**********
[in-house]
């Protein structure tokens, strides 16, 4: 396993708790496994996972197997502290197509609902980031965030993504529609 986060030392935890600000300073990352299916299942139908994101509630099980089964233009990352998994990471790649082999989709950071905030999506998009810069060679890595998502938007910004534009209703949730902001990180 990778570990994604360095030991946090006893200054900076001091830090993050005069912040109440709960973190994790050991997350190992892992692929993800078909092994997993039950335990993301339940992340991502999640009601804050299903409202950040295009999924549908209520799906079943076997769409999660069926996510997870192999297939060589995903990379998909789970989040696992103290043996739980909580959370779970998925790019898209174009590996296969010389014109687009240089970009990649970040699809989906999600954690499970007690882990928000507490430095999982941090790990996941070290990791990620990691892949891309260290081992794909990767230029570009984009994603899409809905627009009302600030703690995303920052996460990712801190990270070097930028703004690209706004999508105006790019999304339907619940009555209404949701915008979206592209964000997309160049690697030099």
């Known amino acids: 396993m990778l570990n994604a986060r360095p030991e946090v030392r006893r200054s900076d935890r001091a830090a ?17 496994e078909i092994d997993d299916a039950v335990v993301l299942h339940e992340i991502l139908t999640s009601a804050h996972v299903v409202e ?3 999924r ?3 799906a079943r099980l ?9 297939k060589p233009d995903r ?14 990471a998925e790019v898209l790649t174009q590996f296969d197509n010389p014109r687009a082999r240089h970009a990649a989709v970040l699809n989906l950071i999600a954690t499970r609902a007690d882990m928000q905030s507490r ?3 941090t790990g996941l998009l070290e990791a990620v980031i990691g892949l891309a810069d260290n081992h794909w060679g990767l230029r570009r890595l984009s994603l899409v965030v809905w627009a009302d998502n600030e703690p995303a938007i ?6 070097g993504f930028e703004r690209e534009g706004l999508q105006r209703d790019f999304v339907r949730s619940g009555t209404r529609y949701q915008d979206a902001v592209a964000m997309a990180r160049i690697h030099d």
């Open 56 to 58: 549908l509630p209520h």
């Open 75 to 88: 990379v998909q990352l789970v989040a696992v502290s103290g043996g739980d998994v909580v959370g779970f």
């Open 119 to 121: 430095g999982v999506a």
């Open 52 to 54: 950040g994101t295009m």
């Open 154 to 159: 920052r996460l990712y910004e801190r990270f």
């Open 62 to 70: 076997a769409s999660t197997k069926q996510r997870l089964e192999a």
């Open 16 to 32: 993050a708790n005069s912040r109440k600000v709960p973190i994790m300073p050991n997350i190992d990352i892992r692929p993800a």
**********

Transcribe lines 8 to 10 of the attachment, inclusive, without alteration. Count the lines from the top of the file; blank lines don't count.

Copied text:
């Open 154 to 159: 920052r996460l990712y910004e801190r990270f």
């Open 62 to 70: 076997a769409s999660t197997k069926q996510r997870l089964e192999a």
């Open 16 to 32: 993050a708790n005069s912040r109440k600000v709960p973190i994790m300073p050991n997350i190992d990352i892992r692929p993800a």